I don’t even know if that’s what you call it – “Soft Launch”? But yeah, the idea is simply that rather than doing a huge countdown before you launch a website or a product, you do it quietly. I used to believe in the “Hard Launch” especially when I was releasing new music with my band – but I’ve changed my mind for several reasons – at least for small businesses.

There are some advantages to doing a “Hard Launch”, like gathering excitement and getting your product out to a large number of people right away. The idea is that you start to drop hints about what is coming, whether on Twitter or Facebook or whatever, and then let everybody know EXACTLY when it will be released: EG “Thursday at Midnight!!”. You might even do a countdown clock on your website.

Movies do this a lot. You’ll see the trailers and movie posters all over the place for months ahead of it’s release. And then on the first night of the movie release, tons of people go and watch it because the excitement has been built up so much.

But there’s a couple differences between movies and most small businesses.

  1. Most small businesses do not have the budget, manpower, or resources to properly execute a “Hard Launch”, where movies do.
  2. Movies are here and then gone. They are only in the theatre for a few weeks (maybe months) and thats it. Small businesses need staying power.

Like I said before, I’ve done the hard launch – and failed miserably at it. With my band we released an album with a TON of build up. Months in fact! There were a lot of people waiting for us to release it at the exact moment we said we would (12:00 midnight). But the problem was that there was SO much to get ready that we just didn’t have the manpower to finish every little detail. And so midnight came and midnight went – by 6am the next morning we had released it but everyone had since gone to bed.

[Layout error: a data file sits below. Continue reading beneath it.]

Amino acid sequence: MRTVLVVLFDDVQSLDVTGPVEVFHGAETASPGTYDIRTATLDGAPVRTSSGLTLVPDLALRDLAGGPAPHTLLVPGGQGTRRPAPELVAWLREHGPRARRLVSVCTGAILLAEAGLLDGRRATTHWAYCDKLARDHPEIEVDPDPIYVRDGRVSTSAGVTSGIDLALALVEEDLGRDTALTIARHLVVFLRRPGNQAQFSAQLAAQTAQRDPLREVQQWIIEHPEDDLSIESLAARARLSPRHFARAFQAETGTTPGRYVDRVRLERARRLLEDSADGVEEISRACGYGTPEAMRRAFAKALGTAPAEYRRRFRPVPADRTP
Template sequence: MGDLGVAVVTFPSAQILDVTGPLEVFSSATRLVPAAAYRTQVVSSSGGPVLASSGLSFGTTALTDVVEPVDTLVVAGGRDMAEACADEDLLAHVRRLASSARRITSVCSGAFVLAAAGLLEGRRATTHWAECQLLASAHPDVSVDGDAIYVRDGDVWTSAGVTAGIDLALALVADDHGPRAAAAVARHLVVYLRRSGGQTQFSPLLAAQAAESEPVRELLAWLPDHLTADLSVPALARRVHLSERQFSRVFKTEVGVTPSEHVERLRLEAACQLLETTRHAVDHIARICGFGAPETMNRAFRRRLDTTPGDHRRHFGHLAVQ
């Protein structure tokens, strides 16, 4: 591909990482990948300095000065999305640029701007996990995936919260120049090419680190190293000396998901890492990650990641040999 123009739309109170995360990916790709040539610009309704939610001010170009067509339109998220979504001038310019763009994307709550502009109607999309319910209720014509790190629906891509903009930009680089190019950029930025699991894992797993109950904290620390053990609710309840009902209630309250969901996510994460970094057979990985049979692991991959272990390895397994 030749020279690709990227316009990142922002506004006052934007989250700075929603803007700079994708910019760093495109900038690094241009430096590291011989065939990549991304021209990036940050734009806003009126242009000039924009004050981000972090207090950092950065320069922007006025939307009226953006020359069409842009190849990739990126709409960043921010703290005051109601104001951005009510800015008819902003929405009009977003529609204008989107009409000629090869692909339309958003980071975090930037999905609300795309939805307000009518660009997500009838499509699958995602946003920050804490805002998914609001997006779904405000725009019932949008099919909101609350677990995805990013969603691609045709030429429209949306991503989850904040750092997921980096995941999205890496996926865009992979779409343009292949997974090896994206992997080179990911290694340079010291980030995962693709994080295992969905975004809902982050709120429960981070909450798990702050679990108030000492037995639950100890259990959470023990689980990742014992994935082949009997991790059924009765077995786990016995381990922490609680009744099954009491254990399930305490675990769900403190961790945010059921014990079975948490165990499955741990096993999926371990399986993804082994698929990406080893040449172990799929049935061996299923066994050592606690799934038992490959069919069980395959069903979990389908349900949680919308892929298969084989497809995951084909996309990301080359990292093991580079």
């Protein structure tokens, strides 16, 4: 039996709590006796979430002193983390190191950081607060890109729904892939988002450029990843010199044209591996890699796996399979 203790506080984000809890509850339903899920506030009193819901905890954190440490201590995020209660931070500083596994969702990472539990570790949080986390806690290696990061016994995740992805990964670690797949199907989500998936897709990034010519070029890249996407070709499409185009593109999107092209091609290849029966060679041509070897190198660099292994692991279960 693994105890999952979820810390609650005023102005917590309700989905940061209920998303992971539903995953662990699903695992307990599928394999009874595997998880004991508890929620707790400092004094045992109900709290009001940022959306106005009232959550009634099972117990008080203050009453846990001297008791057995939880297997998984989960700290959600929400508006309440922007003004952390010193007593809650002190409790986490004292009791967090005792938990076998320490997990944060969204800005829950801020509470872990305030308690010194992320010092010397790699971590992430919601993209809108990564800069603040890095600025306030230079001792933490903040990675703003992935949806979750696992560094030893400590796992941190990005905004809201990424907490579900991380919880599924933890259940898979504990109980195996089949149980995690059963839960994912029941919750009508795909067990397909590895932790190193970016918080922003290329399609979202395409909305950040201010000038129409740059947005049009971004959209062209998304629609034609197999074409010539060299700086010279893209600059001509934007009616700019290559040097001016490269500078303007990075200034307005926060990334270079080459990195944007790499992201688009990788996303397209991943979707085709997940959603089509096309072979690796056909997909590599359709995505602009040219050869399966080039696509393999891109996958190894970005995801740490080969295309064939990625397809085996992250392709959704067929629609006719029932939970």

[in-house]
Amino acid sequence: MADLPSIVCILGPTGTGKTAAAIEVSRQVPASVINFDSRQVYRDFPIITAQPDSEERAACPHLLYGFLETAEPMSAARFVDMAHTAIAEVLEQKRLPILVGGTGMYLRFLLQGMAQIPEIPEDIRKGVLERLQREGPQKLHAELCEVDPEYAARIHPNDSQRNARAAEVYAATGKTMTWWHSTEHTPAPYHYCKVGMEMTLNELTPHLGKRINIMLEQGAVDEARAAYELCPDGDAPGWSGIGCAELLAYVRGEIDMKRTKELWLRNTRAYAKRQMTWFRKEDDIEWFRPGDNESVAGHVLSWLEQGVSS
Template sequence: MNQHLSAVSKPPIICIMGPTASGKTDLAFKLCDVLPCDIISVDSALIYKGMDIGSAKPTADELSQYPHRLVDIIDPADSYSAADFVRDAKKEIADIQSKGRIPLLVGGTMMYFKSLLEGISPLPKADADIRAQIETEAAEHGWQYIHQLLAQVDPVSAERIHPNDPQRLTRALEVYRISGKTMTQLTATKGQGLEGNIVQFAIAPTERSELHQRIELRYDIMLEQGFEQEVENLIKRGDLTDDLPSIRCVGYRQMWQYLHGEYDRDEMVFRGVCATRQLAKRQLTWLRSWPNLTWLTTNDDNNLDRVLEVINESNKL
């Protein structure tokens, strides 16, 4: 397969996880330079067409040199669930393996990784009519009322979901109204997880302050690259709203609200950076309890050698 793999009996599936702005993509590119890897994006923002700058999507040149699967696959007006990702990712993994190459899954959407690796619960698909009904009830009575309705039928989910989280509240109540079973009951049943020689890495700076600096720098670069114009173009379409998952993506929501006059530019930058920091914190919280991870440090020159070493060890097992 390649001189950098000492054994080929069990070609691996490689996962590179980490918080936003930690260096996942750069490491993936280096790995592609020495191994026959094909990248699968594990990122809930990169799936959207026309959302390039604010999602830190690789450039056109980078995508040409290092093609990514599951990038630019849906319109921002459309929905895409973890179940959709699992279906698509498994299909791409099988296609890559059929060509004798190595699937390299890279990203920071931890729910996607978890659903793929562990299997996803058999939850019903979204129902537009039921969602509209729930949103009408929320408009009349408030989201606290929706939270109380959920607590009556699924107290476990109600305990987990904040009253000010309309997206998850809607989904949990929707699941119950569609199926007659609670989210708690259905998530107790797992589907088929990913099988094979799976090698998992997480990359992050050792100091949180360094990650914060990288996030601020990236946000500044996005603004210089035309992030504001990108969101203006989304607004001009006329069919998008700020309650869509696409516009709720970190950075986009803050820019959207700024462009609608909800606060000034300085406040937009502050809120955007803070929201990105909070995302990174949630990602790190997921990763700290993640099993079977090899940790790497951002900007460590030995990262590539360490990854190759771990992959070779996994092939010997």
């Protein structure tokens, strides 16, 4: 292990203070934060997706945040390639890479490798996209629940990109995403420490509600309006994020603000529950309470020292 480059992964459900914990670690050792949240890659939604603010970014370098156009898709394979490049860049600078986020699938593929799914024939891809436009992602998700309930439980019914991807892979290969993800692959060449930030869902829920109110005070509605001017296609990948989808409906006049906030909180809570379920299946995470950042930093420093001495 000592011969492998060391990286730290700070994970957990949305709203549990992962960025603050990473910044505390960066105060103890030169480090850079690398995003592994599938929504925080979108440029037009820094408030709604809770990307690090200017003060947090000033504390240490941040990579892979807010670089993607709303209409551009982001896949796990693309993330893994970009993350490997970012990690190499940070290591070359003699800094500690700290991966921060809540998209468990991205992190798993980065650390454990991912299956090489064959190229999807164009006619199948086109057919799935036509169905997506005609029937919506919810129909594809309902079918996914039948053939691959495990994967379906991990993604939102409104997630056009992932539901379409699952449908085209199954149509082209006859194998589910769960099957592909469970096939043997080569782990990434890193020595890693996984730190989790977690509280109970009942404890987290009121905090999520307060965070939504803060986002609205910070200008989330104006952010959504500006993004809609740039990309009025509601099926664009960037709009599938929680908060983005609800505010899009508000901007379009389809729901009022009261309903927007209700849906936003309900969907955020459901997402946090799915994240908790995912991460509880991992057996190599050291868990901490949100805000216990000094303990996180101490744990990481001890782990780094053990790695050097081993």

The people eventually came back and listened to our music and many loved it. But we didn’t deliver on the promise we made to release it when we said we would – and that wrecked the magic a little bit.

That brings me to my main point about why I am a fan of the “Soft Launch”. Less Stress.

It is pretty stressful to arrive at the eleventh hour and find out there is a bug in your system, or your server has gone down, or any number of other things that could go wrong. And even though you might have prepared, and bug tested, and planned everything to the nines, Murphy’s Law always kicks in and you’re gonna get stressed out.

Not only that, but there are some major advantages to doing a “Soft Launch”.

  1. If your product does have a problem, only a small number of your users will have received it, found it, and will likely have reported it back to you. This allows you to fix it before thousands of people come to you reporting the problem – and the chaos that ensues.
  2. It allows a grassroots movement to spread your product – which is the best form of advertising. Nothing beats word-of-mouth. And allowing your product to be used/heard/experienced and spread by your small base of users gives it that staying power and lays a better foundation than sensationalism would.
  3. Your stress levels will be much lower – which really is a nice thing. 🙂

So that’s my advice to you if you are a small business/company/band. Work within your means and be awesome at what you do. Realize what will and won’t work for you and your company. 9 times out of 10 I would say that a “Soft Launch” makes more sense.

One thought on “Why I am a huge fan of the “Soft Launch”

  1. I wish I’d read your post before we attempted our “hard” launch at which we failed miseraby. We had last minute problems with the website and were not abel to get them fixed until the next day. By then, the expectations had been dissapointed and the folks moved on. Some, have come back to check, I’m sure, but it better to have no reputation than a bad one.

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